By Vanessa Sanchez
“We can make our own mailboxes!” exclaimed Grace.
The Oak children made an agreement with each other to work together and build mailboxes for each classroom. Grace counted, “We need five mailboxes: Acorns, Seedlings, Oaks, Olives and, the Sprouts.” During morning meeting, the mailboxes were our main topic of discussion. Each child vocalized what they were comfortable doing. Grace and Isabel excitedly said, “We want to hammer them!” Asha and Alleyne mentioned they were not comfortable using nails and chose to participate when it was time to paint. Jai said, “I can share my ideas, but I don’t want to build it.” Marcelo agreed with Jai. I said, “I wonder how these mailboxes are going to look?” As the children shared all their design ideas with a smile on their face, Jai suggested, “We can make a plan, so we know what to do.”
As rest time ended and groups formed at different areas of the classroom, Grace asked, “Can we do the mailbox designs?” Grace and I invited the other children to design the mailboxes on paper. Still they declined after reminding us of their ideas. We took easel paper, markers and rulers to the table and started designing, keeping everyone’s thoughts in mind. Using the ruler, Grace decided the mailboxes would be squared, seven inches tall, 7 inches wide from the front and the back, and 3 inches wide on the side. Grace added two hinges and a triangle shaped latch as the opening for each mailbox. For design, keeping Alleyne’s idea for color coding each mailbox in her mind, Grace assigned a color for each classroom. For the names, we decided on creating the names using tape and detaching the tape after the mailboxes were painted, letting the pure wood show. The plan was set.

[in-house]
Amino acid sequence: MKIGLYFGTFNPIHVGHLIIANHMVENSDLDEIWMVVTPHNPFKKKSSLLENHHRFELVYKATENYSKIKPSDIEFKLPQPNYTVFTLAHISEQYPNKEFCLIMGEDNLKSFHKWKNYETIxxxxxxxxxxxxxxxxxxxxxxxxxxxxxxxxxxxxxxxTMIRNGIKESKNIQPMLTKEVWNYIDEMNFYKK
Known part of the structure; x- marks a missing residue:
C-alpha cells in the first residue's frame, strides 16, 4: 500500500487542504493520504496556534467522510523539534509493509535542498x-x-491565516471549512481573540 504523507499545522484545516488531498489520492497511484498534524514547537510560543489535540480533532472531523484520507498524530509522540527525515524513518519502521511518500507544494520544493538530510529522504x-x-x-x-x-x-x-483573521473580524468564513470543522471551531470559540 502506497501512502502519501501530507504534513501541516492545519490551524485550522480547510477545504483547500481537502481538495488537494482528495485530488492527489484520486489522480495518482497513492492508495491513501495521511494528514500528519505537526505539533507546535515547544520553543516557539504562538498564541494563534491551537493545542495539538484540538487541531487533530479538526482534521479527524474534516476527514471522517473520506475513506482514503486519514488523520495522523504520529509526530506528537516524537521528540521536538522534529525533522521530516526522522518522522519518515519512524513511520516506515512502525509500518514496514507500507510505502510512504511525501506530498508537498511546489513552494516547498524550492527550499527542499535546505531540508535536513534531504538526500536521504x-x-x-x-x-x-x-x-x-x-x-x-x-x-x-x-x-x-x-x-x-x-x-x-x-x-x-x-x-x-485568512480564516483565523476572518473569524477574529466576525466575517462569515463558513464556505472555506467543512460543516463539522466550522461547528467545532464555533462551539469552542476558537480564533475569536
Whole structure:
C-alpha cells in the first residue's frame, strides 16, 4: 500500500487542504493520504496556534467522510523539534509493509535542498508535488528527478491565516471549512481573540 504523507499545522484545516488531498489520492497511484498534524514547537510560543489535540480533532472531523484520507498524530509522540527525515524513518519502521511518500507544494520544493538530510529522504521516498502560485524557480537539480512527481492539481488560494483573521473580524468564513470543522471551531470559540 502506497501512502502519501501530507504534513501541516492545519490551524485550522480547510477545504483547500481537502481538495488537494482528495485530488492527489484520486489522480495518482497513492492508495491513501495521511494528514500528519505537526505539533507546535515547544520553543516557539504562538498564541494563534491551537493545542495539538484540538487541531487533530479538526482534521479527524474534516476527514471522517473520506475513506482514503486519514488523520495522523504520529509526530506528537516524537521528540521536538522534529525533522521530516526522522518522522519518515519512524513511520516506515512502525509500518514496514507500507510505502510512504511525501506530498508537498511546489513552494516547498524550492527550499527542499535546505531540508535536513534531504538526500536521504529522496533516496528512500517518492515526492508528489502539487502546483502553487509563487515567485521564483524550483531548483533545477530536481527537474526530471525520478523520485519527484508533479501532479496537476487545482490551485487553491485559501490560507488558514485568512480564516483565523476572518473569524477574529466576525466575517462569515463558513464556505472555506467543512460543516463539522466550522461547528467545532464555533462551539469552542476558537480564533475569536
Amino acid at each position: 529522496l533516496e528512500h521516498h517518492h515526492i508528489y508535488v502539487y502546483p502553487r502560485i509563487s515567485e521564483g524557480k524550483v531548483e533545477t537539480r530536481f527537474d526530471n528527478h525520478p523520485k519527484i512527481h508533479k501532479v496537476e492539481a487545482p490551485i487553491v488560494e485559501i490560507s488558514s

I asked my Dad what wood would be ideal for building mailboxes. After I shared the Oaks design with him, he and my brother measured and cut the wood for the mailboxes.
In one week, Grace, Isabel, and Marcelo worked on building the mailboxes. Grace decided to change the mailbox blueprint midway, “I think it’s okay without the top. That way we will not need the hinges and the triangle lock. It’s a lot of work and I’m tired.” Isabel agreed and they checked in with the other children to ask for their opinion. They all agree on the new changes. With goggles to protect their eyes, two hammers securing nails through the wood and excitement after a mailbox had completed the first step. Alleyne, Asha, Grace, and Isabel worked on painting the mailboxes. It was inspiring to hear them all communicate with each other and respect each other’s ideas.
Once the mailboxes where complete, we set them up in the gross motor yard along with paper and colored pencils. The Oak children, with so much enthusiasm, started writing and drawing notes for the other classrooms. They exclaimed, “It’s in the mailbox! I put another note in the mailbox!” Isabel said, “It’s not moving!” Their need for communication with the other children and teachers were met. Their concern for the safety of their notes vanished. Every morning, we check the mailbox for new letters, we gather and read them together.